One glimpse of the police motorcade, and I flashed back to my DC days …
As a student at Howard University, I spent five years in the Nation’s capital. A Presidential parade was nothing new to me. Although the eyes of the Nation were focused on my hometown, I was more concerned with simply going home.
I closed my books and came out of Oakland’s main library: Hungry. Frustrated. Feeling pissed. Plus I had to piss…
“If all these badge rockin’ overseers (officers) weren’t around- I’d water this shrub.” I remember thinking to myself as I copped a squat next to a bush. The police wouldn’t let me cross the street; they told me that the President would be passing in ten minutes… My thoughts began to race, so I held my bladder, and blasted off a couple of tweets:
“If i pass this class, I can save myself. If I save myself, I can save my people”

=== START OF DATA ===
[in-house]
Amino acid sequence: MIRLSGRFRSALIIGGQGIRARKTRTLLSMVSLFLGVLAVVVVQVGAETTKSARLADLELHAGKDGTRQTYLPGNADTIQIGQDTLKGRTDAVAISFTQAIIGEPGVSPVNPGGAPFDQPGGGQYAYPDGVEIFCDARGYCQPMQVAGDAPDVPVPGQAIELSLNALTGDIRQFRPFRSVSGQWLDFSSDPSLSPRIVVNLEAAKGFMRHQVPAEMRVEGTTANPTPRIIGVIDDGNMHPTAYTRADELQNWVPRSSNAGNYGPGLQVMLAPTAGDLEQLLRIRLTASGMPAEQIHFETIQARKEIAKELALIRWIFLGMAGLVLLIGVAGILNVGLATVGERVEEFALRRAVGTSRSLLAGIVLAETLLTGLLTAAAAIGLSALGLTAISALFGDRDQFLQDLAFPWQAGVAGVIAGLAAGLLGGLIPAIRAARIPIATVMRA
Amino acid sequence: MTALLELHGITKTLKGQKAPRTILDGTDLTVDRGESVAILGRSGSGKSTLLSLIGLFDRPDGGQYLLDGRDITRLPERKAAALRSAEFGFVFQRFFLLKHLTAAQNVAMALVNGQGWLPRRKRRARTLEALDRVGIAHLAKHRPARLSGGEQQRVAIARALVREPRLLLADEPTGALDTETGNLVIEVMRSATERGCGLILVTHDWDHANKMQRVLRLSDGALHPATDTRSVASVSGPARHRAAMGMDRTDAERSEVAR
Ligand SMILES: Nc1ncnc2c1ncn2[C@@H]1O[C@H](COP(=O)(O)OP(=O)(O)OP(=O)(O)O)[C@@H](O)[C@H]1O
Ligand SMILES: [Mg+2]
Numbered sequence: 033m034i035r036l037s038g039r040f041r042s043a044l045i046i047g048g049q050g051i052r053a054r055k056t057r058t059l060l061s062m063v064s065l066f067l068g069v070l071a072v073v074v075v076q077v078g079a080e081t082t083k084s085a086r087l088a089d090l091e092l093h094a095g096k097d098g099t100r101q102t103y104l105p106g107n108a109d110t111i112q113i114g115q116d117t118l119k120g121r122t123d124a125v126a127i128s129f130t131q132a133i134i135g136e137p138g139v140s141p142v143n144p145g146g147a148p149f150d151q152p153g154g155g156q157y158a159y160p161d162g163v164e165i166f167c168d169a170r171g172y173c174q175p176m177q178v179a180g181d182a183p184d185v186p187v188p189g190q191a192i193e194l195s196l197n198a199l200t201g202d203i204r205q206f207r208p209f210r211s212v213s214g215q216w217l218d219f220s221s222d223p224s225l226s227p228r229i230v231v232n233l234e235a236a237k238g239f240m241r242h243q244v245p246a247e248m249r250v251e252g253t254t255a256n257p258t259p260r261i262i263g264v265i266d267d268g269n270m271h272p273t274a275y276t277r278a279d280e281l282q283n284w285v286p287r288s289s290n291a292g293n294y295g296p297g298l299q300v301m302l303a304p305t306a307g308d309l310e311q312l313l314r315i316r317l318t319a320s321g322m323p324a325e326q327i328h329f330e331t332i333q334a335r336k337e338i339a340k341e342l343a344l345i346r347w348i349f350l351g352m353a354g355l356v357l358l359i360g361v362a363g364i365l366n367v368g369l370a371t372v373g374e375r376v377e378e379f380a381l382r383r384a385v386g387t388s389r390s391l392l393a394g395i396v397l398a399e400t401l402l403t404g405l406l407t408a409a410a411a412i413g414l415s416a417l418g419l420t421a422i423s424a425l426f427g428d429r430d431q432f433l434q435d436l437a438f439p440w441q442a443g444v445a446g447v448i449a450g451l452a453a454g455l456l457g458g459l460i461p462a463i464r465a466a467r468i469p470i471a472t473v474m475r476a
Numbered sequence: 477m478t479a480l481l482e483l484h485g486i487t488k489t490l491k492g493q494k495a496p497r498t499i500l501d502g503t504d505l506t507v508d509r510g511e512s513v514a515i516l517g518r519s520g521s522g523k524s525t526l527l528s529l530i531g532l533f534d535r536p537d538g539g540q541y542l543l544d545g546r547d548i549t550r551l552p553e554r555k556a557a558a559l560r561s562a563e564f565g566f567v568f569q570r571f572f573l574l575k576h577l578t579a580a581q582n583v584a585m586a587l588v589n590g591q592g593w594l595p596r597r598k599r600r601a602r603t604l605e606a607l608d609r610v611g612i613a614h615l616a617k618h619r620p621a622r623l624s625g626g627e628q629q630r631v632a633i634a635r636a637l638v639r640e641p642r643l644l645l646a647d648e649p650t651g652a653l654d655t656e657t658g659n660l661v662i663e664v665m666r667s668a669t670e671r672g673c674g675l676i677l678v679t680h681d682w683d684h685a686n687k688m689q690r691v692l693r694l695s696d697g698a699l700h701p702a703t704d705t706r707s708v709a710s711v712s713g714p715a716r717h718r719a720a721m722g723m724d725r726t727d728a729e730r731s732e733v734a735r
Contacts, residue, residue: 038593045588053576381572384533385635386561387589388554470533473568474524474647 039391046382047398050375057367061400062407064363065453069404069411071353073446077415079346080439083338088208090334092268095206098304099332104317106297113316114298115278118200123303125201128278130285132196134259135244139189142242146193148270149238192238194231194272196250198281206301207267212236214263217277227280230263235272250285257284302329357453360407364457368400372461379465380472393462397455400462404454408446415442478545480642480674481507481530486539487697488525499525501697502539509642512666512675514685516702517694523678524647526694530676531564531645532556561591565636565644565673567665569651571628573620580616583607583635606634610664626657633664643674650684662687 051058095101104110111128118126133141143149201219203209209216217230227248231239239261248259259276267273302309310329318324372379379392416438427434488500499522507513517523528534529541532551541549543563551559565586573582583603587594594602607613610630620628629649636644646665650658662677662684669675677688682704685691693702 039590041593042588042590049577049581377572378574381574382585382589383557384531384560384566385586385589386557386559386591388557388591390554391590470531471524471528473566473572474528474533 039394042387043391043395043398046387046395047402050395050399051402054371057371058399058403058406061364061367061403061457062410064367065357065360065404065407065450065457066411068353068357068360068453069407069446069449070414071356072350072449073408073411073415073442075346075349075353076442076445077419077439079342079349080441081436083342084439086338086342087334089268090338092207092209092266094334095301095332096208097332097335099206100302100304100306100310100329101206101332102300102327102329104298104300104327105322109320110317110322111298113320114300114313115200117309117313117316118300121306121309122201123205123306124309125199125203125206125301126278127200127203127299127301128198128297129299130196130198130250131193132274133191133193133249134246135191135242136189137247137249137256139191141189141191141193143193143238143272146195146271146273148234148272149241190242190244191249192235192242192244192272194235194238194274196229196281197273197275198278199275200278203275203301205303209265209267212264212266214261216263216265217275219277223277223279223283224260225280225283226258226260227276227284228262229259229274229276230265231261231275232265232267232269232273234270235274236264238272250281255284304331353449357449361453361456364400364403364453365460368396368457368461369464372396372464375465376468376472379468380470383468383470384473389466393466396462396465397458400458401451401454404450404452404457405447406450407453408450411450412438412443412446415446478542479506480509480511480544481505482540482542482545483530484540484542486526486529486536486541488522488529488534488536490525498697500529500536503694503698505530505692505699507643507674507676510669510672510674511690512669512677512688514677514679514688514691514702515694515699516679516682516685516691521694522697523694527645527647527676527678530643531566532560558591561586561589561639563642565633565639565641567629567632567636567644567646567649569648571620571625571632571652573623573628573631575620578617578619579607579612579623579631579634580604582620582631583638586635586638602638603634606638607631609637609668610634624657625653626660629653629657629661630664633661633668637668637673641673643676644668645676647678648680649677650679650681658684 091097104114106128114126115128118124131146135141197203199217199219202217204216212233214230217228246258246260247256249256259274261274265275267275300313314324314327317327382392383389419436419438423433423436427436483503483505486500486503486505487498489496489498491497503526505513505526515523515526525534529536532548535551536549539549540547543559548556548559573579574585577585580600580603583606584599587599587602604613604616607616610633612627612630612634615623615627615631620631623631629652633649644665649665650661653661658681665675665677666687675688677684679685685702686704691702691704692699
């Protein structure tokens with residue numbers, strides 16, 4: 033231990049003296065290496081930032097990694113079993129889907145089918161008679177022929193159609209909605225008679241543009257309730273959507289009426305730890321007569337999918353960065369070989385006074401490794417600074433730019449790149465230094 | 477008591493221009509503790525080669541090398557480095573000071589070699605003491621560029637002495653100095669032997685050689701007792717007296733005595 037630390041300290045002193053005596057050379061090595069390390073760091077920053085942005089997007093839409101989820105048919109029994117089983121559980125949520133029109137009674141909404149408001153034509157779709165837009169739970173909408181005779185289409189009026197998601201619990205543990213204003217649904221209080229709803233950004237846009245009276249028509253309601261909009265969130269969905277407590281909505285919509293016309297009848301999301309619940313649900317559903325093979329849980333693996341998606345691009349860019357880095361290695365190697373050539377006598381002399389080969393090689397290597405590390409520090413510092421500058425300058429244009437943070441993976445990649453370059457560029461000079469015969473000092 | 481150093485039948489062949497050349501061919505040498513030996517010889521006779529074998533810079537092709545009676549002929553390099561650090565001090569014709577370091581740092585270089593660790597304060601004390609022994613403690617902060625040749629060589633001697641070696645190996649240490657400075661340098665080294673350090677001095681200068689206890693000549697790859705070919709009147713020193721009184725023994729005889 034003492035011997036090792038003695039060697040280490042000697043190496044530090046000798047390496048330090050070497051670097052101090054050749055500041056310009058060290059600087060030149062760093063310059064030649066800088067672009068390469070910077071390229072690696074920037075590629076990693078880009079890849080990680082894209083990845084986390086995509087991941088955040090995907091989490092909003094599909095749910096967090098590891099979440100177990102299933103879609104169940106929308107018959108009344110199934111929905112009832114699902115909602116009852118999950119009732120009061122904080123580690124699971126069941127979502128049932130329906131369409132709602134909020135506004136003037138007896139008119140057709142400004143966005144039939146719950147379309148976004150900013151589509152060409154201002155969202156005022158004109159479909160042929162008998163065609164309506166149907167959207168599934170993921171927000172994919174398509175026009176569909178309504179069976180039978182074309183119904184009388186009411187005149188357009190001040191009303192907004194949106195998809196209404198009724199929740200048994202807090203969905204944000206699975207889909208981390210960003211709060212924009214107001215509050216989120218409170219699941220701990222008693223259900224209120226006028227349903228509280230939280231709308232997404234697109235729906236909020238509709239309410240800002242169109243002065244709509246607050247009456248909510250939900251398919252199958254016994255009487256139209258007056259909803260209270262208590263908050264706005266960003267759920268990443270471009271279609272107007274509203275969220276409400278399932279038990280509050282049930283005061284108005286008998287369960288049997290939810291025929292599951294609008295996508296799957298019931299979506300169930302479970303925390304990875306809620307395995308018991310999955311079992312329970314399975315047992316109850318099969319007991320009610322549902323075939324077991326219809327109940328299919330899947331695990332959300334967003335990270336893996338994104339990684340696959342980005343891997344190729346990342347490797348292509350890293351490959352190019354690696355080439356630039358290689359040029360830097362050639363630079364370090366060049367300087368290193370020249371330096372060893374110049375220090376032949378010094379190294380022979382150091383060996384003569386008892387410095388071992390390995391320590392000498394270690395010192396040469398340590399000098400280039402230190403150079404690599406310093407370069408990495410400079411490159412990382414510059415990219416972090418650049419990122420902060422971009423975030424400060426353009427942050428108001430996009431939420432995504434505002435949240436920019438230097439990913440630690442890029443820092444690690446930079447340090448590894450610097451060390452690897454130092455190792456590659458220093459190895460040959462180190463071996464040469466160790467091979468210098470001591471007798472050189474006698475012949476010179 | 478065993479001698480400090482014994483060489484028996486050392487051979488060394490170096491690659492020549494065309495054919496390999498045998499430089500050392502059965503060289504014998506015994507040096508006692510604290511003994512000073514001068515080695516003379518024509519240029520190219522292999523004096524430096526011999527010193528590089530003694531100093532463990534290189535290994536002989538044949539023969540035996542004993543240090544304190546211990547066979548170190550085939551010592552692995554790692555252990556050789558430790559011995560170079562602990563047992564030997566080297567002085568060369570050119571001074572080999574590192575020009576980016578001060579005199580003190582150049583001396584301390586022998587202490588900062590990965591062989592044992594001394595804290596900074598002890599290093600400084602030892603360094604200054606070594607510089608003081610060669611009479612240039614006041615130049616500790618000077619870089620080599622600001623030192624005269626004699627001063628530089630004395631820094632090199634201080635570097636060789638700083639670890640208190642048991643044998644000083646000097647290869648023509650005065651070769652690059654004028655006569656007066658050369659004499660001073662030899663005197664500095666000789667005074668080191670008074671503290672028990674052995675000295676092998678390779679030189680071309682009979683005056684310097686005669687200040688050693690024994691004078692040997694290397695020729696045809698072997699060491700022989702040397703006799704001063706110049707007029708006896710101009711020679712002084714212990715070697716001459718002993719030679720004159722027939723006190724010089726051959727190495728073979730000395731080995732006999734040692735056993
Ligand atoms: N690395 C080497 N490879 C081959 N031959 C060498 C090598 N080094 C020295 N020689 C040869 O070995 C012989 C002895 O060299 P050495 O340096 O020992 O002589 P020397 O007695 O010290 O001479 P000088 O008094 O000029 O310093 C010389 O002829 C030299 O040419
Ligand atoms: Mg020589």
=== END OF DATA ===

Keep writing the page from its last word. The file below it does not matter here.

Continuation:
“… No matter what the President does… “
“(I’m sitting next to a bush, tweeting… surrounded by policemen.)”
If I pass this test I can graduate undergrad. If I graduate undergrad, I can start grad school. When I finish grad school, as a professional journalist with a teacher’s degree, I will be able to access and allocate resources that we all can use to better our community.
In the grand scheme of things the, Presidential election does matter. I know it does.
Do I have any voice in that matter- honestly, I don’t know. I know- 1 vote, 1 person. I know the electoral college. I know that large “Political Action Committees” are BIG sponsors of campaigns. I also understand that there is a lot that I don’t know.
I understand that there is a Black man in the most powerful office of all of the land… I understand that very clearly…
But I’ve only seen that via media. And I don’t always believe the media… especially media about the government.
In person, I’ve seen some things:
In September of 2008, I was in Denver for the Democratic National Convention.